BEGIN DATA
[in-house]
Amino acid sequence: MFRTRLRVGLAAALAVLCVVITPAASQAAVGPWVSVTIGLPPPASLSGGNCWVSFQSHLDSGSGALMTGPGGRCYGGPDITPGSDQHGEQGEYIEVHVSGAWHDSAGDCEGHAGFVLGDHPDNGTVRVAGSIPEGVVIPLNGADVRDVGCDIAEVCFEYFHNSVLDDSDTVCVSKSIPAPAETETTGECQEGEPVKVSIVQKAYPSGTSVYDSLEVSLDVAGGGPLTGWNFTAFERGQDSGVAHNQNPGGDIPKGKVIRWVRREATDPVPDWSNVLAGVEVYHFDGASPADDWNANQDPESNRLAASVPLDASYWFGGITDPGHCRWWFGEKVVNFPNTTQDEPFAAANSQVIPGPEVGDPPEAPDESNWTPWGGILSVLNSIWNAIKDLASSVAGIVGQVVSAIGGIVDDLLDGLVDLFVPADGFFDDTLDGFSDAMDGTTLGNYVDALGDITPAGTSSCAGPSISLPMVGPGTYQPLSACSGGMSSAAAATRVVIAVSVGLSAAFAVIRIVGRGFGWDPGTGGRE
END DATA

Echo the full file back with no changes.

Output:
[in-house]
Amino acid sequence: MFRTRLRVGLAAALAVLCVVITPAASQAAVGPWVSVTIGLPPPASLSGGNCWVSFQSHLDSGSGALMTGPGGRCYGGPDITPGSDQHGEQGEYIEVHVSGAWHDSAGDCEGHAGFVLGDHPDNGTVRVAGSIPEGVVIPLNGADVRDVGCDIAEVCFEYFHNSVLDDSDTVCVSKSIPAPAETETTGECQEGEPVKVSIVQKAYPSGTSVYDSLEVSLDVAGGGPLTGWNFTAFERGQDSGVAHNQNPGGDIPKGKVIRWVRREATDPVPDWSNVLAGVEVYHFDGASPADDWNANQDPESNRLAASVPLDASYWFGGITDPGHCRWWFGEKVVNFPNTTQDEPFAAANSQVIPGPEVGDPPEAPDESNWTPWGGILSVLNSIWNAIKDLASSVAGIVGQVVSAIGGIVDDLLDGLVDLFVPADGFFDDTLDGFSDAMDGTTLGNYVDALGDITPAGTSSCAGPSISLPMVGPGTYQPLSACSGGMSSAAAATRVVIAVSVGLSAAFAVIRIVGRGFGWDPGTGGRE